It sounds almost too good to be true, or possibly a hospital pass from King to his successor. Wouldn’t it be terrible if Mark Carney’s first act as governor were to be to announce a forecast downgrade?

But King and his colleagues appear be genuine. Though this is not the first time since the crisis the Bank has predicted recovery - far from it - it means it about green shoots. Mention of green shoots takes me back to that very first inflation report of February 1993. I am pretty sure I was at that first press conference, albeit in short trousers, though details are grainy.

We have all changed a lot over 20 years and the Bank and its inflation report are no exception. In February 1993, blinking into the sunlight of greater transparency than in the previous three centuries of existence, the Bank stuck firmly to its brief.

There were no growth predictions (they did not come until 1997) and where the Bank touched on real economic variables, it was a touch pessimistic. So it expected rising unemployment to persist - in fact it peaked around the time that reported was published. It feared that big budget deficits would put upward pressure on inflation, though they soon began to fall.

Inflation was paramount. Coming off the high inflation of the late 1980s, there was a fascination about whether these new arrangements (with the Bank publicly advising the chancellor) could keep it under control. Growth, and forecasting it, was the Treasury’s job.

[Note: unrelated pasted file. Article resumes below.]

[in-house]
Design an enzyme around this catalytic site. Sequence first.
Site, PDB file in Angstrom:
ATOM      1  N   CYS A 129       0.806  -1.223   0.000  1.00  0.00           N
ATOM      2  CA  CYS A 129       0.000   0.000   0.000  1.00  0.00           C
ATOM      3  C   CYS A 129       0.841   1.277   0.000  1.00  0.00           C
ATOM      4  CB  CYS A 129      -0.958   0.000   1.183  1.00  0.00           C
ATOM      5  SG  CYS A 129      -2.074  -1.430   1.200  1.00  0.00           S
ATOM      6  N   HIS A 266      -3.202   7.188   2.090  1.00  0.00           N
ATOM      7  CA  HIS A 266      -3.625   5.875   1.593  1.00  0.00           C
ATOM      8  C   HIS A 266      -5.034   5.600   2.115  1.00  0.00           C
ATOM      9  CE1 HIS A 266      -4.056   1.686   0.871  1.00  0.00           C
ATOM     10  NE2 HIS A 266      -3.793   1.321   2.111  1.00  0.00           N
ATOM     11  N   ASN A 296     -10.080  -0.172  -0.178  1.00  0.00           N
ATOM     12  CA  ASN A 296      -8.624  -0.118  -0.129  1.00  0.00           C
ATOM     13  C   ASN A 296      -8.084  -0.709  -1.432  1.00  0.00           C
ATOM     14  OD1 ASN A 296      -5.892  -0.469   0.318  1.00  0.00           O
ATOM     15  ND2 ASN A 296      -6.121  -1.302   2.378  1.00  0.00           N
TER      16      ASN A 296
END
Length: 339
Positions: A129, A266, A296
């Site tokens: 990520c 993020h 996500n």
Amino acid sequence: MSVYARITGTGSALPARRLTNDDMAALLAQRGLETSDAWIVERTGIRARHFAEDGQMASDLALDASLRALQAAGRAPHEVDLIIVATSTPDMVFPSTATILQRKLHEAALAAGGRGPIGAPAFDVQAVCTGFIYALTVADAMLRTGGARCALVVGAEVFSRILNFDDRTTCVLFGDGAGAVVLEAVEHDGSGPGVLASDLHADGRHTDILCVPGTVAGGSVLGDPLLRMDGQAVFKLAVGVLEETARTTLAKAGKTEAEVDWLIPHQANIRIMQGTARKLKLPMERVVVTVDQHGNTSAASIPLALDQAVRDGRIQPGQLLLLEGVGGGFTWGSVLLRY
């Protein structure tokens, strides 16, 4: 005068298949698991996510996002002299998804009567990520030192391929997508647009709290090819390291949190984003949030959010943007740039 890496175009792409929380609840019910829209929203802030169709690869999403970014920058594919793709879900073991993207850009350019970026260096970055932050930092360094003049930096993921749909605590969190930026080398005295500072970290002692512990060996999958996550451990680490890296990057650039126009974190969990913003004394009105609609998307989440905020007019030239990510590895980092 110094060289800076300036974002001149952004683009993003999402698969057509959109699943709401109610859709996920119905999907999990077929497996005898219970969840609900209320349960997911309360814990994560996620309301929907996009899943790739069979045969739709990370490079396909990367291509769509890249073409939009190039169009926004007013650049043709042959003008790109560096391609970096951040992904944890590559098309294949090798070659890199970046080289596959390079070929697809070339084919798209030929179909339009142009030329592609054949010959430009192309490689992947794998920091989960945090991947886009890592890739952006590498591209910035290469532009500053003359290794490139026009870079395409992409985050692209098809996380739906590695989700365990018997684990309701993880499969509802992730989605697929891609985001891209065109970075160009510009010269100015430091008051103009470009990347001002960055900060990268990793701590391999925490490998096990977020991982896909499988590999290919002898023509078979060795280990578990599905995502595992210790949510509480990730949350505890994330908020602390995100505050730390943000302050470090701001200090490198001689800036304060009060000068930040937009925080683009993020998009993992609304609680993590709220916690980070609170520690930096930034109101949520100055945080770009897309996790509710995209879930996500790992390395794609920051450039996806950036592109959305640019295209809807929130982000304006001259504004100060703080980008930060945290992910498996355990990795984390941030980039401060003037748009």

Some are nostalgic for those days, or at least a time when the Bank declared “inflation is a monetary phenomenon” and made it its mission, very successfully for the most part, to tame it.

Nowadays however most people are hungrier for what the Bank says about growth. When the governor is more optimistic about recovery, it makes the front pages (as it does when he is downbeat). The question is whether his cautious optimism now is justified.

On the day the latest inflation report was published official figures showed a 15,000 rise in unemployment to 2.52m over the January-March period and a 43,000 fall in employment to 29.71m. Is not that evidence of an economy getting weaker?